Submissions to the Queensland inquiry into DNA testing probably won’t result in different outcomes for individual criminal matters, according to Commissioner Walter Sofronoff KC.
On Friday, Mr Sofronoff took time to explain that the independent Commission of Inquiry into Forensic DNA Testing in Queensland had only been charged with investigating how DNA testing worked, whether there were any problems and, if so, what and how they could be rectified.
He said that submissions to the inquiry regarding individual cases might not result in different outcomes in alleged criminal matters.
“We have published on the Commission’s website a message to victim survivors of offences that have been committed, and in that message I invited such people who think errors may have been made in DNA collection or testing or analysis to make a submission to me about how the system of collection and processing of DNA samples has affected them,” Mr Sofronoff said.
“I should say, and I want to emphasise, that submissions of that kind will probably not result in any different outcome for an individual case, because the task of my inquiry is not to look at particular cases with a view to seeing how they went awry and recommending that steps be taken to rectify anything that went awry, if anything did ever go awry.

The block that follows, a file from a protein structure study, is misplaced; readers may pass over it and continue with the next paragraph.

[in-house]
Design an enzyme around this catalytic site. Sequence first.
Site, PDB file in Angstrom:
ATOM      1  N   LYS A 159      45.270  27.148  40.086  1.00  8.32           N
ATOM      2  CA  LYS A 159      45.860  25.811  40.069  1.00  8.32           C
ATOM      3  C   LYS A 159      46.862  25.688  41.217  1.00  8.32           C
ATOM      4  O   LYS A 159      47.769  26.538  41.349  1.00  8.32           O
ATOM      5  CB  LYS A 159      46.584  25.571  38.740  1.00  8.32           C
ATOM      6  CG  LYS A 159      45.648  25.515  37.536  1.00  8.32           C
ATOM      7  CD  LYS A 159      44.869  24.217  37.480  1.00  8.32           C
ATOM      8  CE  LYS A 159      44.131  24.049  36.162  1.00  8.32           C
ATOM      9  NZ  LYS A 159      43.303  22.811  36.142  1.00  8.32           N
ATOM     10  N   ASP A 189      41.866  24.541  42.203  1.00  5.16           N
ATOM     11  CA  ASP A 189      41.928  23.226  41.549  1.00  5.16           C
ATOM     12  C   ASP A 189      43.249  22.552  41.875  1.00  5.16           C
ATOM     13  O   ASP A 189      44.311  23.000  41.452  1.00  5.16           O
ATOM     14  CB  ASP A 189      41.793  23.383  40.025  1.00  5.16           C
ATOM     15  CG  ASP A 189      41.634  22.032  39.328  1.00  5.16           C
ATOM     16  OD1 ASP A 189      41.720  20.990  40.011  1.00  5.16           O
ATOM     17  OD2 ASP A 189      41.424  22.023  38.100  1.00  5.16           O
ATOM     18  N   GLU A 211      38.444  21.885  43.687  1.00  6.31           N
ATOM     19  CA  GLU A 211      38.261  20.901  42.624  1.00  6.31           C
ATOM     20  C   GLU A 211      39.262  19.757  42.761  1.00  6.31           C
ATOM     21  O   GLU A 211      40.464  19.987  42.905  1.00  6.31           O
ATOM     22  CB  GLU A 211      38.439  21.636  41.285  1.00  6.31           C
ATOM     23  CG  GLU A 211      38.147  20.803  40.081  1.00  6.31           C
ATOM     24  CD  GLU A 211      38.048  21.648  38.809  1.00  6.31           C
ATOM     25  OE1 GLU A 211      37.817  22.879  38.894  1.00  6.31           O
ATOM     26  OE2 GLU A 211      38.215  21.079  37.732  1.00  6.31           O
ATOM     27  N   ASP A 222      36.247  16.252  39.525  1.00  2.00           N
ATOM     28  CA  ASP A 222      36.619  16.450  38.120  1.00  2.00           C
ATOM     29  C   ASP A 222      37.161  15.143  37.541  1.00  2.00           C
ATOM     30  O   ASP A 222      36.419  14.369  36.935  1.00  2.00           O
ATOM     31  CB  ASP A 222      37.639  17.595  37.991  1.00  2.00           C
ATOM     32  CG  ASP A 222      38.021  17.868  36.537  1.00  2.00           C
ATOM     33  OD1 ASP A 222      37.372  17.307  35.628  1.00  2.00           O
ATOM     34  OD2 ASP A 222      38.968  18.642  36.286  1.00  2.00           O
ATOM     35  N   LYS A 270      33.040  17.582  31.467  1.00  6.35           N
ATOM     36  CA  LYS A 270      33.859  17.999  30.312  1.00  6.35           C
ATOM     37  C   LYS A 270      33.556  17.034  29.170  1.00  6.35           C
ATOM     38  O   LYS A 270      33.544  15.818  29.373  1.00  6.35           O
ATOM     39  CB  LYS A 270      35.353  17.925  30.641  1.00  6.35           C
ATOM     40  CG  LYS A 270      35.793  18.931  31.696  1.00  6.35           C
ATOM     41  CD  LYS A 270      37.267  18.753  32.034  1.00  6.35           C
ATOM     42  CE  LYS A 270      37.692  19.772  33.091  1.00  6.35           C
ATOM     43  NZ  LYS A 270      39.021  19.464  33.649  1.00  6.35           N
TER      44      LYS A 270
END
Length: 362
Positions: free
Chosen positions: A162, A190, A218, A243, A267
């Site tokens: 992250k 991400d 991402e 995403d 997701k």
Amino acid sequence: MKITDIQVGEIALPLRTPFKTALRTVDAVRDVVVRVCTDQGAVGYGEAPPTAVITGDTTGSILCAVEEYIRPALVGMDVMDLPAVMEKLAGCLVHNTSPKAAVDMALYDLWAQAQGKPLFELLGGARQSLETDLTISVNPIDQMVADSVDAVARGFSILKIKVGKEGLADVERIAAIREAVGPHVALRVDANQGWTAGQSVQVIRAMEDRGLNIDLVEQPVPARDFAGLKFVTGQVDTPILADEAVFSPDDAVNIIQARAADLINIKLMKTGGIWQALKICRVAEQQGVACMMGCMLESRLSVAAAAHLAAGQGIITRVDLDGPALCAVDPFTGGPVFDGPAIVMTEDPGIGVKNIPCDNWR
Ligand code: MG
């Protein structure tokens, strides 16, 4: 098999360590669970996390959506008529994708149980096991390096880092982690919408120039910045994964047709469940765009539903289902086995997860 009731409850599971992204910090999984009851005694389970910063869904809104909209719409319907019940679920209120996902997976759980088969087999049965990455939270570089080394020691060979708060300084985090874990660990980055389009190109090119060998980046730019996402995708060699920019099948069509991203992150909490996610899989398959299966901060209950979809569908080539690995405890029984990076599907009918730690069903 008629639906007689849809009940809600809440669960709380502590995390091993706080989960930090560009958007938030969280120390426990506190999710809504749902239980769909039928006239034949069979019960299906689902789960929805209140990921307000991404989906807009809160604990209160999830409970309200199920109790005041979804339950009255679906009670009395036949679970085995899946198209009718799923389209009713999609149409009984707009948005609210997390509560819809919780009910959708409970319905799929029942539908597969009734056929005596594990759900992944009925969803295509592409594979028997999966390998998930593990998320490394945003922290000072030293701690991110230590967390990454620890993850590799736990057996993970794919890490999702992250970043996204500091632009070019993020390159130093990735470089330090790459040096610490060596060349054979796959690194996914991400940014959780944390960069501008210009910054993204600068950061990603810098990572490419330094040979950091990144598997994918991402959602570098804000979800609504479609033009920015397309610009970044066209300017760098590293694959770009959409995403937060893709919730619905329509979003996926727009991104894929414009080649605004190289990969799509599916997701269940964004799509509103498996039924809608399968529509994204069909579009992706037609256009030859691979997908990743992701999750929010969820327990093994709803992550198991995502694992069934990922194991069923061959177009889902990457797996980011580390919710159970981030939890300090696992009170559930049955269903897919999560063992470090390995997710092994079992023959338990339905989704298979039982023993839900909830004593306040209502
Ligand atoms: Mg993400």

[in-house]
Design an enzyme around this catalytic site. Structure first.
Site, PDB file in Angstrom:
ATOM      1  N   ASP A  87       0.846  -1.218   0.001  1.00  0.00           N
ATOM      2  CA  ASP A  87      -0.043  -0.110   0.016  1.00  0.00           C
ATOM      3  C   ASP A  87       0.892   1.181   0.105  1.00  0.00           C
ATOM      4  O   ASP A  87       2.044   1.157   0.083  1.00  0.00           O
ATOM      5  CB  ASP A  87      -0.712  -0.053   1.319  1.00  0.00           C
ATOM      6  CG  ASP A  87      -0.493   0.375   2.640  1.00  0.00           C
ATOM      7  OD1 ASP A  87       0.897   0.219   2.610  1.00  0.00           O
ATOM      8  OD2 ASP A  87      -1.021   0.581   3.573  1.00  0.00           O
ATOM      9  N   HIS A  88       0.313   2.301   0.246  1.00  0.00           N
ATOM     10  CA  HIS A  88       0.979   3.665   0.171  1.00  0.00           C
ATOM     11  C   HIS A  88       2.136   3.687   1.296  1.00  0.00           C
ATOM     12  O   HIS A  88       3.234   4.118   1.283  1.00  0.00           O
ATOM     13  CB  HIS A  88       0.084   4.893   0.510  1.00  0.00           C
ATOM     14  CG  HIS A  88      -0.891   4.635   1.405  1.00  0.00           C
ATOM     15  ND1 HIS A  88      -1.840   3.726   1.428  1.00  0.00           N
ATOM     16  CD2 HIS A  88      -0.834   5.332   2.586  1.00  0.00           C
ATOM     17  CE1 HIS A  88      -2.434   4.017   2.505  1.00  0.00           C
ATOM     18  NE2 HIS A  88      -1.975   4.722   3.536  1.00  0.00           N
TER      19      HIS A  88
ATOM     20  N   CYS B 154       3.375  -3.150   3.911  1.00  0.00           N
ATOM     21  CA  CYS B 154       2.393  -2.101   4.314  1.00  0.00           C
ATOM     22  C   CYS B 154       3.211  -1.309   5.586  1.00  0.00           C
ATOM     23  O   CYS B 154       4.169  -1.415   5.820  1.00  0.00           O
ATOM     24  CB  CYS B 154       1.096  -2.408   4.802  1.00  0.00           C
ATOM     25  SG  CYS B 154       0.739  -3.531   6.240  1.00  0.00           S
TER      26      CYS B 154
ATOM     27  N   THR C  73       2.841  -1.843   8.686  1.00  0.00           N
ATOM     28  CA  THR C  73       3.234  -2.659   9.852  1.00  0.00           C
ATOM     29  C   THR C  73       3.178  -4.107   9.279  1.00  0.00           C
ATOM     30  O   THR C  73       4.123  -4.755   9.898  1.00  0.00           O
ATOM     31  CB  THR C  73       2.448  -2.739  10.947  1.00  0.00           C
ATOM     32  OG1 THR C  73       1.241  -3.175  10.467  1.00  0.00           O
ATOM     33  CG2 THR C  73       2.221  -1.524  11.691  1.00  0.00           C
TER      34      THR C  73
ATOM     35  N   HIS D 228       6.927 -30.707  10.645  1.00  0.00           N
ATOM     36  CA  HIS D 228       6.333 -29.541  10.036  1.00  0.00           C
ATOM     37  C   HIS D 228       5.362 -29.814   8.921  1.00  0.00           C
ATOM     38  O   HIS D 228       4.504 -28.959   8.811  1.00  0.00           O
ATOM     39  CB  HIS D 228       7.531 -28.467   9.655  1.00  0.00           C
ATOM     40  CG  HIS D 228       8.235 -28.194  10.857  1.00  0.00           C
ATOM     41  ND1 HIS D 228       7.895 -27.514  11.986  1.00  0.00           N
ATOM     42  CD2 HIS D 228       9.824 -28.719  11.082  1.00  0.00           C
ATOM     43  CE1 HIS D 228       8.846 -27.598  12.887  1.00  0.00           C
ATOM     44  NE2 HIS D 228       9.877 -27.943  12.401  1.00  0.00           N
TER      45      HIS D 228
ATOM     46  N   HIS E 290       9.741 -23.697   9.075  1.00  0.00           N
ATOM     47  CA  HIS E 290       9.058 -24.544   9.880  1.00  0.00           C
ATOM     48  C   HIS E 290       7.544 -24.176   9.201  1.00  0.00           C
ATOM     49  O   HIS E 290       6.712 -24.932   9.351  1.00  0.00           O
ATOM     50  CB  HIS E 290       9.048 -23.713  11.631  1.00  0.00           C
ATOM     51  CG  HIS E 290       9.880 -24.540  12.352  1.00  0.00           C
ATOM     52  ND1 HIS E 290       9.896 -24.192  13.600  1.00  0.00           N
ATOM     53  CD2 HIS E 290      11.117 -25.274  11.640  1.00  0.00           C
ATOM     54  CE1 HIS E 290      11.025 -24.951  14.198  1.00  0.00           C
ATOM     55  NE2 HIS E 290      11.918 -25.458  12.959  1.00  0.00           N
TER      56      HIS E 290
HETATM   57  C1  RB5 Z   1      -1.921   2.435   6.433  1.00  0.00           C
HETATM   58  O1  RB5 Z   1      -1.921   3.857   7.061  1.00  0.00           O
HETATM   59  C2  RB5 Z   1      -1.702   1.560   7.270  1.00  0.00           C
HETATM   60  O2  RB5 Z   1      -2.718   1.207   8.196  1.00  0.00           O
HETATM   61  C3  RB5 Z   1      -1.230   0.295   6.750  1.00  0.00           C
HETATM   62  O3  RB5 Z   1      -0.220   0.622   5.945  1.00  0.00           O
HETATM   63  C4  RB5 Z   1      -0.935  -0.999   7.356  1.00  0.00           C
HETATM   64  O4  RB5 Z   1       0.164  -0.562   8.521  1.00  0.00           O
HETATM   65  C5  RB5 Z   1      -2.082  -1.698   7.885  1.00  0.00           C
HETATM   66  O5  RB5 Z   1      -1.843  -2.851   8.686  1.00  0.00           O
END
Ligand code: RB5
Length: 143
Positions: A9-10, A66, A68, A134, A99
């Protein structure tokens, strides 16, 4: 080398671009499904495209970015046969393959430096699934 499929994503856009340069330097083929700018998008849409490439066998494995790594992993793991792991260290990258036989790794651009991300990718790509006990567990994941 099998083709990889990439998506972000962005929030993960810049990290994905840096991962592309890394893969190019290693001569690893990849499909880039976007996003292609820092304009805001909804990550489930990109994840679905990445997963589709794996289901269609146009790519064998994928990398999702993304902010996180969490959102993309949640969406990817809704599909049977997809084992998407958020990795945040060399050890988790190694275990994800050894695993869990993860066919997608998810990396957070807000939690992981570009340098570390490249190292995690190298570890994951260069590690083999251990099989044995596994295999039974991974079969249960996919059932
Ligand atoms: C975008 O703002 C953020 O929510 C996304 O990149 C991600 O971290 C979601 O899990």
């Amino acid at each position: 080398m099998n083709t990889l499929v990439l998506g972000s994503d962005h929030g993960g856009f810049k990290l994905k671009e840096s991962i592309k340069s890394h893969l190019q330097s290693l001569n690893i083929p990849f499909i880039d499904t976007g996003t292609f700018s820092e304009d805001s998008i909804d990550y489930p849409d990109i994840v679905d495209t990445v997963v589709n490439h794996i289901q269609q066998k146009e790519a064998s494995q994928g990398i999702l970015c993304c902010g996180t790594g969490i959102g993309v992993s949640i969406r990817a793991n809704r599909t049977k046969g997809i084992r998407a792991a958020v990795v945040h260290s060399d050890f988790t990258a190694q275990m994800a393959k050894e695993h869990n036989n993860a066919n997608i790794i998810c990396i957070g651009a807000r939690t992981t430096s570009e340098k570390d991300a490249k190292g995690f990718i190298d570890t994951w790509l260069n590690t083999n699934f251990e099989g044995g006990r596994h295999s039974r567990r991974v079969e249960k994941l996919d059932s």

“The task of my Commission is to investigate how the system of DNA testing in Queensland works and whether there are any problems and, if so, what they are and how they can be rectified.
“So I emphasise that if you make a submission to me, I will be interested in reading it, but it is unlikely that anything that I say in my report or anything that I can recommend to the government as a result of things that I have looked at will directly affect your case.”
The commission’s public hearings began in Court 17 of Brisbane’s George Street Magistrates Court today. More information, including a livestream of proceedings, is available on the commission’s website.
Read Friday’s transcript.